Objective: To review the current knowledge on the genetic alterations involved in the development and progression of Barrett's esophagus-associated neoplastic lesions.
Summary background data: Barrett's esophagus (BE) is a premalignant condition in which the normal squamous epithelium of the esophagus is replaced by metaplastic columnar epithelium. BE predisposes patients to the development of esophageal adenocarcinoma. Endoscopic surveillance can detect esophageal adenocarcinomas when they are early and curable, but most of the adenocarcinomas are detected at an advanced stage. Despite advances in multimodal therapy, the prognosis for invasive esophageal adenocarcinoma is poor. A better understanding of the molecular evolution of the Barrett's metaplasia to dysplasia to adenocarcinoma sequence may allow improved diagnosis, therapy, and prognosis.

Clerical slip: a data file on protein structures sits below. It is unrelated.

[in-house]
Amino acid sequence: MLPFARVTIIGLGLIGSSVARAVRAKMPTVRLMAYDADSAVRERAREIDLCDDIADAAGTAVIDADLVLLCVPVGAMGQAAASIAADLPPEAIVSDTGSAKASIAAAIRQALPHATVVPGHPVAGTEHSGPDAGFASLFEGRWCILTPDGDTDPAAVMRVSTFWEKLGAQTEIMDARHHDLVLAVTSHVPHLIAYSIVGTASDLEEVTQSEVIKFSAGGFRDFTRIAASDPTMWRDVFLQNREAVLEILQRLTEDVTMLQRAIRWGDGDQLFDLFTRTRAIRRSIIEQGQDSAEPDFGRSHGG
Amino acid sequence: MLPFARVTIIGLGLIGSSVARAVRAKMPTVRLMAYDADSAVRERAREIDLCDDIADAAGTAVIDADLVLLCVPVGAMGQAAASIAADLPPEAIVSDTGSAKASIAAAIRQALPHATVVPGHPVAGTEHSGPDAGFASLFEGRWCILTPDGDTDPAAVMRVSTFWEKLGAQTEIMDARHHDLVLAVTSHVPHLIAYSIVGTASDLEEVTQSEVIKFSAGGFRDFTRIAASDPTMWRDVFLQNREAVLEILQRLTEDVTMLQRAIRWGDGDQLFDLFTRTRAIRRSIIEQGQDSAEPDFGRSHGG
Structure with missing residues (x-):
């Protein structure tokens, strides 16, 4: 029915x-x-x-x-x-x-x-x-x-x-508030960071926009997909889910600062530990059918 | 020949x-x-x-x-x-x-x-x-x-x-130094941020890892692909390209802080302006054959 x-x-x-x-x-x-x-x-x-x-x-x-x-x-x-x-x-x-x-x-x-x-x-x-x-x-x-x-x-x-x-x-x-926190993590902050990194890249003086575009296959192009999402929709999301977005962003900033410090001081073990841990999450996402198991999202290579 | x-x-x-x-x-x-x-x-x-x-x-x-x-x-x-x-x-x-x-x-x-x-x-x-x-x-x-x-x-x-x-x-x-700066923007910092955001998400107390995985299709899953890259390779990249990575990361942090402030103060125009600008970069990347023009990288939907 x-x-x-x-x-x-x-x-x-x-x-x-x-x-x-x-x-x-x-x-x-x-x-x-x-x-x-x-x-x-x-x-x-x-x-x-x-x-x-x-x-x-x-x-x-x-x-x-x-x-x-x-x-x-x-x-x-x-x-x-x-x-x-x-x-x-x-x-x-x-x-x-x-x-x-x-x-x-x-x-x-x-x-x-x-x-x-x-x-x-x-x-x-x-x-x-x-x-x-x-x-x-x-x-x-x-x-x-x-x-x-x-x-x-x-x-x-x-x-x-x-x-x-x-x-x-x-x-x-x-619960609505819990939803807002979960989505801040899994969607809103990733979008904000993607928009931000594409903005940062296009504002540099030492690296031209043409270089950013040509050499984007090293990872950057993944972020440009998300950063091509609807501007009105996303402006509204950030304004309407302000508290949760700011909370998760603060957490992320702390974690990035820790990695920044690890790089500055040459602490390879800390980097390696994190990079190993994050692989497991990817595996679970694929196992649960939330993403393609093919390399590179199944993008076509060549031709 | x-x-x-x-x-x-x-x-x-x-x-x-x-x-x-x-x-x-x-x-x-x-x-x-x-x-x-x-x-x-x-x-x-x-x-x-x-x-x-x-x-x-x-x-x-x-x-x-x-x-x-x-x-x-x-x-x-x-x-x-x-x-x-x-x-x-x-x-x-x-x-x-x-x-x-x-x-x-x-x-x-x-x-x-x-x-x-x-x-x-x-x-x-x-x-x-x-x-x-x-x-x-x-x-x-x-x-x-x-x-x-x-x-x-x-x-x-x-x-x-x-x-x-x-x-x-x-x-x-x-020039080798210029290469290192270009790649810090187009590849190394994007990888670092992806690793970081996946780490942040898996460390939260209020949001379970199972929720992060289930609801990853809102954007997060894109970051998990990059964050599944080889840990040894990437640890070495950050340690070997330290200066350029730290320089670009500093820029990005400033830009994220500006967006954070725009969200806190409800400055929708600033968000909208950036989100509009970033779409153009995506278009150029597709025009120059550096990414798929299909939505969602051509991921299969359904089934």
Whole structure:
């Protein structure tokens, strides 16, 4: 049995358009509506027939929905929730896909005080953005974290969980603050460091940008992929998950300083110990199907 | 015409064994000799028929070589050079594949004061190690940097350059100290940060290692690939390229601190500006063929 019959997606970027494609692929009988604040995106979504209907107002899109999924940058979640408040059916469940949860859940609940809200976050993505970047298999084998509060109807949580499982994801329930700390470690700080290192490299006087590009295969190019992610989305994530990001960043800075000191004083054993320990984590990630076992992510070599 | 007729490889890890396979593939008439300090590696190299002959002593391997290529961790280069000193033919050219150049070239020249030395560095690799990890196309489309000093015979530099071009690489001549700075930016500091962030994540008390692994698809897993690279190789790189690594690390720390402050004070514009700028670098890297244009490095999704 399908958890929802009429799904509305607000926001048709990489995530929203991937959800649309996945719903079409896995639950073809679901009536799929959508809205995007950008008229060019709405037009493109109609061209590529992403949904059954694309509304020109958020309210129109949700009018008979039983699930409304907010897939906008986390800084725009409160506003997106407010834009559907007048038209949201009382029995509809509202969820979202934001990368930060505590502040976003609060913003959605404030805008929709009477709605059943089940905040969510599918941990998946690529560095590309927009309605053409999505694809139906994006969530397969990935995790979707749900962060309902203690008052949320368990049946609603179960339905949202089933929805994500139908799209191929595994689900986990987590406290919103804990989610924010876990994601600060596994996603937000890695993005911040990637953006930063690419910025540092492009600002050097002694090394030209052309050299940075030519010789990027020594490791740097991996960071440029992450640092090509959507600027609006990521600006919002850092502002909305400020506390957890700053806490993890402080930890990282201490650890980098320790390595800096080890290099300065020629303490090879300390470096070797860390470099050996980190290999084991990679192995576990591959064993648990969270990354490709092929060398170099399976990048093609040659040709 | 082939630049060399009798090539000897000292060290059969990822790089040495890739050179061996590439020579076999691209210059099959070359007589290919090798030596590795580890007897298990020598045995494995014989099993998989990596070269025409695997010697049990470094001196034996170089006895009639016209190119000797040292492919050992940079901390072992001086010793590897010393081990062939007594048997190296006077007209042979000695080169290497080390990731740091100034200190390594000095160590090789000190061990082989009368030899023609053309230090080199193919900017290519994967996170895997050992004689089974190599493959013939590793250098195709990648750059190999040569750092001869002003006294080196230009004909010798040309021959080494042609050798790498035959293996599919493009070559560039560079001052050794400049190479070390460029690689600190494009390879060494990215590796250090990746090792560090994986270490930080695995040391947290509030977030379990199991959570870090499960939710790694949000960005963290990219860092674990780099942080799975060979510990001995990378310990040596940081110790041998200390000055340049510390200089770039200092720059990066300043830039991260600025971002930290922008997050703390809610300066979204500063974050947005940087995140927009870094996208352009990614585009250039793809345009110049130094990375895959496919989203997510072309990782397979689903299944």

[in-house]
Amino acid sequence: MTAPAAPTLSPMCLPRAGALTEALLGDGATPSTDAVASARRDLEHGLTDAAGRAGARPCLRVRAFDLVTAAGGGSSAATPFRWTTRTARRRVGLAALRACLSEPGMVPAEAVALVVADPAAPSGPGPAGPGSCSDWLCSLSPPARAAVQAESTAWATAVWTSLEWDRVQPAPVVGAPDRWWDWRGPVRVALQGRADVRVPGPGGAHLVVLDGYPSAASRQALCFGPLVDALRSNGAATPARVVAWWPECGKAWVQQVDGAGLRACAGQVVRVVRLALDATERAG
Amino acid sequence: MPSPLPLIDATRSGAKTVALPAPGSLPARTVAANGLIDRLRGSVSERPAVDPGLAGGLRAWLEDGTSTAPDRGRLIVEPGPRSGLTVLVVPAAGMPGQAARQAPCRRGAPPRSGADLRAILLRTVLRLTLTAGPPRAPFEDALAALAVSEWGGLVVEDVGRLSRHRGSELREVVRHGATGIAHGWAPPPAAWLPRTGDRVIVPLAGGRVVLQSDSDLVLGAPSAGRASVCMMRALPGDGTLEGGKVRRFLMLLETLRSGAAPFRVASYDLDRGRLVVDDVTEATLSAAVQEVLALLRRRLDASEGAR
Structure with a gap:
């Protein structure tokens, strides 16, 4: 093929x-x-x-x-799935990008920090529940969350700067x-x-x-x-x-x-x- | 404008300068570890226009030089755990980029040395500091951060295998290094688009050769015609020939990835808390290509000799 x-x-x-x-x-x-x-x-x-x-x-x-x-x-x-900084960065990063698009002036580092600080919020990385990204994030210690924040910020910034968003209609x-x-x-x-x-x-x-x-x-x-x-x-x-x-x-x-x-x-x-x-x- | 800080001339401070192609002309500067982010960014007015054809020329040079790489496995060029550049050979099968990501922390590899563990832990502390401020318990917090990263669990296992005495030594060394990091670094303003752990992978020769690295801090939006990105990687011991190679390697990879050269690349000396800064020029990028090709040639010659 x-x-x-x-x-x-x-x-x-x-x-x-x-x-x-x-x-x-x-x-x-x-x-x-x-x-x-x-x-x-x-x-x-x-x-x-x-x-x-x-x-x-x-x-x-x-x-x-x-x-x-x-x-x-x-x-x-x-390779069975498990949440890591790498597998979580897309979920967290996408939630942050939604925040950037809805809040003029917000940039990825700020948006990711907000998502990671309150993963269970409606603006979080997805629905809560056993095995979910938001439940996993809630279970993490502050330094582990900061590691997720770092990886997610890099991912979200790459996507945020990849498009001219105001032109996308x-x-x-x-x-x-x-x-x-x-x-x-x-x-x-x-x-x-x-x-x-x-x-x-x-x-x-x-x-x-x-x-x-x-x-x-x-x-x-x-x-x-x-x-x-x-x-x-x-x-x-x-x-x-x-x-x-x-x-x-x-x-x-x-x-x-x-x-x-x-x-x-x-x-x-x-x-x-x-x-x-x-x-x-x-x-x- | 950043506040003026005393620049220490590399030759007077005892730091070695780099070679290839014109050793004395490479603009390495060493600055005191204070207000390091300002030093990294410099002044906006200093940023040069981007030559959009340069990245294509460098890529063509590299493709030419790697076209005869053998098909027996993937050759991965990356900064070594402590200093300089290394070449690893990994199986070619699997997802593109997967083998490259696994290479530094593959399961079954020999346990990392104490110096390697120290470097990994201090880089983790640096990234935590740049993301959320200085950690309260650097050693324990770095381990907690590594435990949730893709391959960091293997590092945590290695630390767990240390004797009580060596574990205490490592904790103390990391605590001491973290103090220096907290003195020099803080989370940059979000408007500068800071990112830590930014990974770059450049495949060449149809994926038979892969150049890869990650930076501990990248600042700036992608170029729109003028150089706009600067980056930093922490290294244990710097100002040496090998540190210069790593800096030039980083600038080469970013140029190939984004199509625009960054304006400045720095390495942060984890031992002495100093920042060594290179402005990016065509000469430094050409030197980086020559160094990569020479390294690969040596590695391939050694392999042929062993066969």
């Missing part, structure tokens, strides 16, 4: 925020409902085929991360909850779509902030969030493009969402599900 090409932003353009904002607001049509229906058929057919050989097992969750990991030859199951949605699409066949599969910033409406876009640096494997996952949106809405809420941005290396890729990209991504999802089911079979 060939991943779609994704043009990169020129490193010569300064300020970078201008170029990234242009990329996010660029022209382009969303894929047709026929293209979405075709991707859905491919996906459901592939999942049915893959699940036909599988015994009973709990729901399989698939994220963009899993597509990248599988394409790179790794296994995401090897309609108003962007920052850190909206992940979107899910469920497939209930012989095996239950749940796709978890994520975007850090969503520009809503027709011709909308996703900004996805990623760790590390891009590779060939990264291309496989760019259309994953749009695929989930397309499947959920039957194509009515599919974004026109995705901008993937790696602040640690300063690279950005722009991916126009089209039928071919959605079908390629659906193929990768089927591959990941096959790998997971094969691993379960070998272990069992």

Methods: The authors reviewed data from the published literature to address what is known about the molecular changes thought to be important in the pathogenesis of BE-associated neoplastic lesions.
Results: The progression of Barrett's metaplasia to adenocarcinoma is associated with several changes in gene structure, gene expression, and protein structure. Some of the molecular alterations already showed promise as markers for early cancer detection or prognostication. Among these, alterations in the p53 and p16 genes and cell cycle abnormalities or aneuploidy appear to be the most important and well-characterized molecular changes. However, the exact sequence of events is not known, and probably multiple molecular pathways interact and are involved in the progression of BE to adenocarcinoma.
Conclusions: Further research into the molecular biology of BE-associated adenocarcinoma will enhance our understanding of the genetic events critical for the initiation and progression of Barrett's adenocarcinoma, leading to more effective surveillance and treatment.